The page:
Gravitational waves tearing apart entire planets?

by Zack Zagranis | updated

While most nerds are content debating whether or not Batman can take Wolverine in a fight, they are in Dead Planets Society Busy with bigger questions like, can a gravitational wave rip an entire planet apart? The last episode of new worldHis podcast takes a godlike approach to the universe and tries to figure out if you could move celestial bodies like chess on a chessboard, would it be possible to put two black holes close to a planet in such a way that the resulting gravitational waves could unbend them like a monkey’s piece of bread.

If theoretical gravitational waves vibrated at the right frequency, they could potentially cause the Earth to expand beyond its limits until it breaks into smaller pieces.

Gravitational-wave researcher Christopher Perry joins hosts Chelsea White and Leah Crane Dead Planet SocietyThe final episode is to discuss his area of ‚Äč‚Äčexpertise and whether or not gravitational waves can make an effective replacement for the Death Star.

What causes gravitational waves?

Gravitational waves are usually caused by something very massive and dense, like a black hole, colliding with another black hole. The resulting cosmic ripples or “waves” radiate outward, disrupting space-time as it progresses. Given how far away most of these space disasters are from the waves that reach Earth, they are so small that they can only be detected with highly specialized instruments.

Artist’s rendering of gravitational waves

The three podcasters started with the premise, “Is it possible to make a gravitational wave strong enough for humans to feel?” But the conversation quickly evolved to how to make waves large enough to destroy Earth or, as Chelsea put it, “Yeah, or the solar system, or everything, everywhere.” According to Perry, the first problem will be to distinguish between gravitational waves and just ordinary gravitational waves.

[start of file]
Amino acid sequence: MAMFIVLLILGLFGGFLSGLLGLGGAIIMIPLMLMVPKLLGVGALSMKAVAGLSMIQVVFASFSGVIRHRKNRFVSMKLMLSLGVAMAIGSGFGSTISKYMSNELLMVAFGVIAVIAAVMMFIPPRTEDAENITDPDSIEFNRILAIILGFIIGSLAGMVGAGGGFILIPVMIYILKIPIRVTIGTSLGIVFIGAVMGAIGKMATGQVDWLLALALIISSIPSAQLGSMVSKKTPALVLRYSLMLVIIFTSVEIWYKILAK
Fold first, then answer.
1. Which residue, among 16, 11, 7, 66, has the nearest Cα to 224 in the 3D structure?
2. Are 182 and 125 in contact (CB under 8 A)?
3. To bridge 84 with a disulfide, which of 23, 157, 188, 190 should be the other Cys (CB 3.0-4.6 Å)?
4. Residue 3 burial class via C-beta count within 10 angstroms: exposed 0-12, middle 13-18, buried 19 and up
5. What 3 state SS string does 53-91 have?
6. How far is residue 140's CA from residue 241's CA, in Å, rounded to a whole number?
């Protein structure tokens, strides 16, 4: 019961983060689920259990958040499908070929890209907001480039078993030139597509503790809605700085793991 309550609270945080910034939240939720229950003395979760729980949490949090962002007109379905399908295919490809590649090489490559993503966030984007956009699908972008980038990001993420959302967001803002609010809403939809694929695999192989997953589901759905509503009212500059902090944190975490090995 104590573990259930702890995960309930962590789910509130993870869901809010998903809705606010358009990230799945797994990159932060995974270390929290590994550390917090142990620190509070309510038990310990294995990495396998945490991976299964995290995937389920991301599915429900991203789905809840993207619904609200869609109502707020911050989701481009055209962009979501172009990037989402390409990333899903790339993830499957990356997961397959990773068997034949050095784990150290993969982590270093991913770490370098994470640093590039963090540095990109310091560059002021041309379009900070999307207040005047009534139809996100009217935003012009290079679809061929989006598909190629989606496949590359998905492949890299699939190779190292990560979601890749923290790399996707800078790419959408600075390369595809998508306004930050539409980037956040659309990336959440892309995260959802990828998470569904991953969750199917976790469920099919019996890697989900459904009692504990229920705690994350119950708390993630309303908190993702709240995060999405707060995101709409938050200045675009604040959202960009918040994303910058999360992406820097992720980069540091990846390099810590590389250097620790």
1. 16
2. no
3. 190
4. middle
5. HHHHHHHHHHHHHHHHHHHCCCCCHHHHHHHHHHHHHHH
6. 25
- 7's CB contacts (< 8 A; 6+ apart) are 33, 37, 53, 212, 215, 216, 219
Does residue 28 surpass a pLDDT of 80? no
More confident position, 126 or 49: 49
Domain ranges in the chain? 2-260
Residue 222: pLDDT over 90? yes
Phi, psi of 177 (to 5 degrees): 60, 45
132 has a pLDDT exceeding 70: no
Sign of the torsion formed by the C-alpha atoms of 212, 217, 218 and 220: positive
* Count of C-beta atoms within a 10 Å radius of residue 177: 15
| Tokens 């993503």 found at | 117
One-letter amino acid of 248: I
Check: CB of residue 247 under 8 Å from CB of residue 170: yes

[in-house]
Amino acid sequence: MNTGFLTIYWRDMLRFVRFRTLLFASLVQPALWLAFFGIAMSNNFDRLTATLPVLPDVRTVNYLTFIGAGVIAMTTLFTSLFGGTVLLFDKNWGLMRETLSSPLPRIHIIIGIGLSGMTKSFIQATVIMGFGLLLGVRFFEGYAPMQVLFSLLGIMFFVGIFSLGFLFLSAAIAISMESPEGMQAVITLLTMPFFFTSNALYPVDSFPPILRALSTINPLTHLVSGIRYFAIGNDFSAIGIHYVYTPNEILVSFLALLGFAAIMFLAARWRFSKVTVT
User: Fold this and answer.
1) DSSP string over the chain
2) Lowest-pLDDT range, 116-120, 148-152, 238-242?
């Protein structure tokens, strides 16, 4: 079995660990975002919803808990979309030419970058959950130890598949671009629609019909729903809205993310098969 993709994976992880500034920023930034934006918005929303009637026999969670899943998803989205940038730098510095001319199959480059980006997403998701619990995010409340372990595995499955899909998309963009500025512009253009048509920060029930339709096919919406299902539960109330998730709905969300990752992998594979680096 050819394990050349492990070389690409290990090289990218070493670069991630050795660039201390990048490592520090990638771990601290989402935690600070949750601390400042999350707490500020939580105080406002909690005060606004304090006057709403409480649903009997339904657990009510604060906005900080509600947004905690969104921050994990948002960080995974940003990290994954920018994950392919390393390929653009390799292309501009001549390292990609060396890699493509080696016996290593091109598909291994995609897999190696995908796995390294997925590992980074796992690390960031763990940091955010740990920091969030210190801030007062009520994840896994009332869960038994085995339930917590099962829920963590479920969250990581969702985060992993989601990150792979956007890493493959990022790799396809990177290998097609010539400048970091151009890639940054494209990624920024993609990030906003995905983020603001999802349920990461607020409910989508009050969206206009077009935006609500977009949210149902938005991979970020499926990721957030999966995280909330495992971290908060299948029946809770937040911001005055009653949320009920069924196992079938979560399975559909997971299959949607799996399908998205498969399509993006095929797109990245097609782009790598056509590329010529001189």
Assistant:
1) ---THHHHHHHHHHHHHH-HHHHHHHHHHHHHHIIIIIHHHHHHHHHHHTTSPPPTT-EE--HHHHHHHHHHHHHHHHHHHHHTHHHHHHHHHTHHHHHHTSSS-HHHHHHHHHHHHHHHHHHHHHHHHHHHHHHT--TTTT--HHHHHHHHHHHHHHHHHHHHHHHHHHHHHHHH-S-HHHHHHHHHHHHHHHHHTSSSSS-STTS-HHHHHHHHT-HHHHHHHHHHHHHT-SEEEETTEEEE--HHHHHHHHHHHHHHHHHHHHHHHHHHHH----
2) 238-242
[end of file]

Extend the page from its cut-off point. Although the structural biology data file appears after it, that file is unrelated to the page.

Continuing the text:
In the end, the consensus seems to be that you can use a gravitational wave to destroy a planet – or even an entire solar system if you wish – but the conditions behind such a wave could never have happened naturally.

“When you’re very close to a source of gravitational waves, at least the gravitational waves we’re talking about, say, two black holes orbiting each other, space-time is really bloated, so it’s not that easy to distinguish the wave from the underlying gravity itself,” Perry explained.

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Perry eventually settles on shaking as the key to getting the Earth to pull itself apart. If theoretical gravitational waves vibrated at the right frequency, they could potentially cause the Earth to expand beyond its limits until it breaks into smaller pieces. The conversation turns from there into a theoretical cosmic symphony of black holes placed at certain positions and frequencies, generating waves at different pitches.

Perry believes you can send this signal in any direction in space and it will become a beautiful-sounding orchestra of pure destruction.

In the end, the consensus seems to be that you can use a gravitational wave to destroy a planet – or even an entire solar system if you wish – but the conditions behind such a wave could never have happened naturally.

Only if one had the same control over the universe as Maine Craft The player has his own small world, can a scene where planet-destroying gravitational waves can be created.

In other words, don’t add “wildly separated by a massive gravitational wave” to your 2023 bingo card yet.


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